Printing Photographs

In the different pages much has been mentioned about scanning, restoring, and archiving photographs. Editing techniques have been discussed with the idea to display the best possible image on either a screen or printed as a photograph. 

This page will start by simply looking at what is possible using the latest version of Apple’s Preview. Opening an image (TIFF, JPEG, etc.) will by default open Preview. 

Using Preview to Print

Firstly, in Preview - Preferences - Image, you can either pick “1 image pixel equal 1 screen pixel”, or “size of screen equals size on printout”. 

Secondly, under Print there are specific options for printing colour photographs. Use “Show Details”, and under “Presets” you can pick “Photo on Glossy Paper” or “Photo on Plain Paper”. “Paper Size” offers a wide choice of page formats covering also the most common photograph formats. 

Thirdly, the “Toolbox” icon in the toolbar offers a Selection Tools, Instant Alpha, Sketch, Draw, Shapes, Text, Sign, Adjust Colour, Adjust Size, Shape Style, Boarder colour, Fill Colour, and Text Style. Some of these are also accessible in the Tools menu.

The starting point is to look firstly at what the image is offering. Under Tools, - Show Inspector, you have General Info and More Info, which provides a complete description of the image. For example, its image size, the colour model and colour profile used, and the file format and if the image was compressed or not.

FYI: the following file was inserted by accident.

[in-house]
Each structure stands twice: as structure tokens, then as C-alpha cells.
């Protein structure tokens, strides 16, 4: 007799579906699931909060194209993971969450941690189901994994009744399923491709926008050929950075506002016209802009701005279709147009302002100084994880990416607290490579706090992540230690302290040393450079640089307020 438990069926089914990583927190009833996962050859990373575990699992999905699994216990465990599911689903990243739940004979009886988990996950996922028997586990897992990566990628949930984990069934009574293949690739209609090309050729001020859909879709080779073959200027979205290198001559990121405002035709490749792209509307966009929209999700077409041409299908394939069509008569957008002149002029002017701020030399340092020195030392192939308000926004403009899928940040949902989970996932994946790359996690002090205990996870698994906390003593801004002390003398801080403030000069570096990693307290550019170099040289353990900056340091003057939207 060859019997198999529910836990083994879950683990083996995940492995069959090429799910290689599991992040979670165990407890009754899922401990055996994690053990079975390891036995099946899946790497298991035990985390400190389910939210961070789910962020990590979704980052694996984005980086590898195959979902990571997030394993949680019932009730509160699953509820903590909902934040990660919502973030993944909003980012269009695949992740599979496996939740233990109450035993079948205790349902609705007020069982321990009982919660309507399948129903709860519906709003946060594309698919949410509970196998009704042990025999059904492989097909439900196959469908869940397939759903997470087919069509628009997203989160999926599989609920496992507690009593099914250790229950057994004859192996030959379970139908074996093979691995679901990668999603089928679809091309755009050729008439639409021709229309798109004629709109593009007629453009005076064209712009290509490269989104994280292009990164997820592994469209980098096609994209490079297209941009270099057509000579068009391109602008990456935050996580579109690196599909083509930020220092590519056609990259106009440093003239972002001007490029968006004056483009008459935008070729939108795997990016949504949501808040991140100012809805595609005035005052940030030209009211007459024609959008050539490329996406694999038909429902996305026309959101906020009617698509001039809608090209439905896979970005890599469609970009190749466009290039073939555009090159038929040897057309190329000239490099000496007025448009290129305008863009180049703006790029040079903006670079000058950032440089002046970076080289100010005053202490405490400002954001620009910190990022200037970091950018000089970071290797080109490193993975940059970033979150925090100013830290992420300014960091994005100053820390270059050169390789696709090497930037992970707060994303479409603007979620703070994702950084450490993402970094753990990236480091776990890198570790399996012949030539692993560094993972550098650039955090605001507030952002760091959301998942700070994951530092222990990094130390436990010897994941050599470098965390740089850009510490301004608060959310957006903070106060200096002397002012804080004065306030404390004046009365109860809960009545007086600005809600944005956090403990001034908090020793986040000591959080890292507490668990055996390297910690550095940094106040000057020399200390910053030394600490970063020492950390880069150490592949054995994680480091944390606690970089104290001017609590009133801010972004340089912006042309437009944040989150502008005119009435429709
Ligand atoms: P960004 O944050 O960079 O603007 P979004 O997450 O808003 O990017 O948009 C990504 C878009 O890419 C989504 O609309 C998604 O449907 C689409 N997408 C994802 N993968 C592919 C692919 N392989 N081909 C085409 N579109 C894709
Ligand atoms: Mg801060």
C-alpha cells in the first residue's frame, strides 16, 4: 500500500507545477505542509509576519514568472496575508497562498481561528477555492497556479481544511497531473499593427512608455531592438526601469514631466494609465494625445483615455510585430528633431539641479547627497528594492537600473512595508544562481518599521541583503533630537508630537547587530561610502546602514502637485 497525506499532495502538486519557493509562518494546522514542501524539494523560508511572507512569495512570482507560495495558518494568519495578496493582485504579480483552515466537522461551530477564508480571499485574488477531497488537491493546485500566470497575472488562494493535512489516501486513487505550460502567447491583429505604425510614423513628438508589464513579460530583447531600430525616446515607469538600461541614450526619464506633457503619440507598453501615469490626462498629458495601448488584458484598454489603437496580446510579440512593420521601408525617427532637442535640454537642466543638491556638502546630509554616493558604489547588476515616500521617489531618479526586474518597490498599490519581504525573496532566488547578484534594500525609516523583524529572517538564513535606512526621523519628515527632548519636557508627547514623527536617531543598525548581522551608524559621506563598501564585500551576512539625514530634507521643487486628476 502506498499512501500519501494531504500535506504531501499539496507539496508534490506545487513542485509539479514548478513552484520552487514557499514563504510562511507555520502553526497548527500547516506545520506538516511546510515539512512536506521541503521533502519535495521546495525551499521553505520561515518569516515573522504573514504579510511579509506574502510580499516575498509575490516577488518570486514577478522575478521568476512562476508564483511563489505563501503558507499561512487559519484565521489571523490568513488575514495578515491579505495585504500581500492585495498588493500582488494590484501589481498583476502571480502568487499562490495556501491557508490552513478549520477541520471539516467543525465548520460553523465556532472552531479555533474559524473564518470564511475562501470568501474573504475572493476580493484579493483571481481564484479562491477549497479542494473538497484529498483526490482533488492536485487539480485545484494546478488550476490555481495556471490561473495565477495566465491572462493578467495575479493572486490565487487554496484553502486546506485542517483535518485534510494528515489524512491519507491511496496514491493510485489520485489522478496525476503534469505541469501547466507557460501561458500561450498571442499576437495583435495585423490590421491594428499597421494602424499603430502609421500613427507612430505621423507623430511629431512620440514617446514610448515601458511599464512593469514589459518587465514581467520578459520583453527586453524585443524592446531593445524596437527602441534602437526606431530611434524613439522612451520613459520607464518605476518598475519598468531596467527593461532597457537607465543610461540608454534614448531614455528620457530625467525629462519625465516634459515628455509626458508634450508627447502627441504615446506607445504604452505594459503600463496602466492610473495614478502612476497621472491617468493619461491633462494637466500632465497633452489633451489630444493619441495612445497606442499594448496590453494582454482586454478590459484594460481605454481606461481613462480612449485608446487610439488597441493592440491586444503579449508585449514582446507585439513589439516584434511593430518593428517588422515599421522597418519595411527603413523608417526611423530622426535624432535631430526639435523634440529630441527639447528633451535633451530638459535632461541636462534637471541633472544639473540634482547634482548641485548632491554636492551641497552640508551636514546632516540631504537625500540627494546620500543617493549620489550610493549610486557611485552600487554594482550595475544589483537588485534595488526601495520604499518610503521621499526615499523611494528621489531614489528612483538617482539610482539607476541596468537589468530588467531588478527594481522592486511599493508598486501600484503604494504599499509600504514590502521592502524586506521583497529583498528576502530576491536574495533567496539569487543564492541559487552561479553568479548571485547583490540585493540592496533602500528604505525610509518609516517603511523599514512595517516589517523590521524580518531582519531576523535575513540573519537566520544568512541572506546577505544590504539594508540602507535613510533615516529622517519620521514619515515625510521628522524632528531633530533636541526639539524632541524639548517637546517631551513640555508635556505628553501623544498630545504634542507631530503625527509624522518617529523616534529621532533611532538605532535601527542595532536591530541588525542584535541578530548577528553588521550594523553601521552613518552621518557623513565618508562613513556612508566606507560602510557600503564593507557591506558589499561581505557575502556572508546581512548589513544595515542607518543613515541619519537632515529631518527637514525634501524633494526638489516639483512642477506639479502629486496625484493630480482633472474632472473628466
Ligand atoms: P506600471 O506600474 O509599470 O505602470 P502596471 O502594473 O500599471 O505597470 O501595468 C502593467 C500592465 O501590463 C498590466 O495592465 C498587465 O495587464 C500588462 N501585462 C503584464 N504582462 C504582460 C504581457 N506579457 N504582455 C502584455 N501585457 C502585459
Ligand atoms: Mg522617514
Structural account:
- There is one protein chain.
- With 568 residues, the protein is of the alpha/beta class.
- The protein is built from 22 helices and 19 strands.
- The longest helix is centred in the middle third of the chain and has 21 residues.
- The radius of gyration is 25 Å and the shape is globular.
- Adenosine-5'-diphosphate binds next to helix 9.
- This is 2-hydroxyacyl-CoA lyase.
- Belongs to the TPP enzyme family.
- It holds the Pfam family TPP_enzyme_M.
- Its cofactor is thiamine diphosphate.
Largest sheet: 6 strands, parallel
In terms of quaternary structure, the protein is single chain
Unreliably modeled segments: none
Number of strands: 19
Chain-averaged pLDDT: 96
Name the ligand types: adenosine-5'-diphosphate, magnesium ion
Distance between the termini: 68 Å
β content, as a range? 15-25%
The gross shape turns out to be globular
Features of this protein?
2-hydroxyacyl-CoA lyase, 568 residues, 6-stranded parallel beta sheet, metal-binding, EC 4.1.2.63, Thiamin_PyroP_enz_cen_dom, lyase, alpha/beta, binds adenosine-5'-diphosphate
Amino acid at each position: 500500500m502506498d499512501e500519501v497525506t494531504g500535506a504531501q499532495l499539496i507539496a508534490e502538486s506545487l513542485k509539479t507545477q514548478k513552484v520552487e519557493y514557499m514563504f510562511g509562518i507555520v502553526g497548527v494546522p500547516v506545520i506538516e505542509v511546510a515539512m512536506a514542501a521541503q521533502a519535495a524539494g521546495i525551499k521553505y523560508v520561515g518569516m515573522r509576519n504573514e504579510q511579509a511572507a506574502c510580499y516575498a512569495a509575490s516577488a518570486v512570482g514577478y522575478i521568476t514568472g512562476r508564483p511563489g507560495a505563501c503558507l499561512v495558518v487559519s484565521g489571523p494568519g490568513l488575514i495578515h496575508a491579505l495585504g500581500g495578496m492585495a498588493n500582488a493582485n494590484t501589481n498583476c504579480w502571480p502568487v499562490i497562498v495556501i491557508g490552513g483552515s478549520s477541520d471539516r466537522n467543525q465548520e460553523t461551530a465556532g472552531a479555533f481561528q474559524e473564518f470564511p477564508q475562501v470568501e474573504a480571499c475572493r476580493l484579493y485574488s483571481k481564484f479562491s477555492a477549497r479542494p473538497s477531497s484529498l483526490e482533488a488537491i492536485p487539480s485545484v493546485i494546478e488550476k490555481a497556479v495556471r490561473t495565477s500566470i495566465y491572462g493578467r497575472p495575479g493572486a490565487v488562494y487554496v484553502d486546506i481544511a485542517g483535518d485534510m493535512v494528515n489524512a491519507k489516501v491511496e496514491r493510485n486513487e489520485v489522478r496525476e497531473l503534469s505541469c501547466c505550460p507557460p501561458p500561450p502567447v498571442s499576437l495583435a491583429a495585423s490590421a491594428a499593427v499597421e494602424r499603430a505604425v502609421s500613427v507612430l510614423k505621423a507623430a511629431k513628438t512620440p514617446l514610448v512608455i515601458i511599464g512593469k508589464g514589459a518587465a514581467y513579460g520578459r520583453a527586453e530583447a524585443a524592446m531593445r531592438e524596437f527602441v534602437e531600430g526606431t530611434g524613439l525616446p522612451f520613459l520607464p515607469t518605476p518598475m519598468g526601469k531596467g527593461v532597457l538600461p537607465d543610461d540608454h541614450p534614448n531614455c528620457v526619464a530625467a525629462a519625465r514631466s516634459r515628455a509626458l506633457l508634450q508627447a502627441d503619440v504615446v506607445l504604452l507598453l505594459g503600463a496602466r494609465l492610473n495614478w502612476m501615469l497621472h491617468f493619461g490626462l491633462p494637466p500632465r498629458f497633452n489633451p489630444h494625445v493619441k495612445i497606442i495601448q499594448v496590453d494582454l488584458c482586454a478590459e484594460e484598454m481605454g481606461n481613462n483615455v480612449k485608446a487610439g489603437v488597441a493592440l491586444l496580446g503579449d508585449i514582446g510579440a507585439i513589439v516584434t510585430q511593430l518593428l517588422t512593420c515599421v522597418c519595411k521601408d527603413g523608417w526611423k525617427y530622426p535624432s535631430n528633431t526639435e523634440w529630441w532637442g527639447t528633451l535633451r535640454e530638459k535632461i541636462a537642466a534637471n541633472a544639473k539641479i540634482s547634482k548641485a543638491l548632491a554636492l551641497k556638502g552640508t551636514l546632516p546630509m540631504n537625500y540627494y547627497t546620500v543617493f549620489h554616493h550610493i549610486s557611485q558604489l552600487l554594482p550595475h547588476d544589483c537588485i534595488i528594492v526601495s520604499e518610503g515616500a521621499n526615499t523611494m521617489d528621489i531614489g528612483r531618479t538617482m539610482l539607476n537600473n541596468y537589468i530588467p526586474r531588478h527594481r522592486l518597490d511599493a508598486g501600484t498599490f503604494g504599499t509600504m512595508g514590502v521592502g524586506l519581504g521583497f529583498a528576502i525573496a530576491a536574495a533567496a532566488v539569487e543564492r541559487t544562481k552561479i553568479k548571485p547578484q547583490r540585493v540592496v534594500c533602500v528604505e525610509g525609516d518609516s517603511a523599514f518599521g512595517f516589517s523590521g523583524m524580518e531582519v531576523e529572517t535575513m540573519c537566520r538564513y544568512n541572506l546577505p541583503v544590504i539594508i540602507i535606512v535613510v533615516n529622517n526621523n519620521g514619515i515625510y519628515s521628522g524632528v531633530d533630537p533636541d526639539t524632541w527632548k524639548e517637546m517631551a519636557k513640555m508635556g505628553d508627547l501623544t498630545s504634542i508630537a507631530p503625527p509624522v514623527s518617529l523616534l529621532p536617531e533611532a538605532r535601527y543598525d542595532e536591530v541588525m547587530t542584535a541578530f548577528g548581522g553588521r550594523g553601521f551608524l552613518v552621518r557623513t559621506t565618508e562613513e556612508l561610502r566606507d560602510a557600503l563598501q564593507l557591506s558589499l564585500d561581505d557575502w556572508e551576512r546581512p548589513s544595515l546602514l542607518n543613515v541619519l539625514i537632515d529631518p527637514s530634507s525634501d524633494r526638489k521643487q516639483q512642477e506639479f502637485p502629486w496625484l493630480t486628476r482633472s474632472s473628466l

Under Tools - Adjust Size, you can see the present height and width of the image, and you can pick the units (pixels, percent, inches, cm, mm, points).

Under Tools - Adjust Colour, you can see the histogram and you can adjust Exposure, Contrast, Highlights, Shadows, Saturation, Temperature, Tint, and Sharpness. 

You can see all these options below

If your photograph is so fantastic as to merit a big poster size print, then open Adjust Size and pick the dimension and resolution required. 

As an example, we take the following image with its default dimensions. 

Screen Shot 2017-09-16 at 16.36.48

We re-dimension it for a width of 120 cm and a height of 90 with a resolution of 240 ppi. Now with the Adjust Colour we can optimise the image, for example setting sharpness at its lowest or highest level (see the two images below). 


Once the size and colour adjustments have been optimised, a file can be created. With the above mentioned adjustments this would convert a 24 MB TIFF file into a 385.7 MB TIFF file which could be sent to a printers.  

  © Bernard Smith 2017-18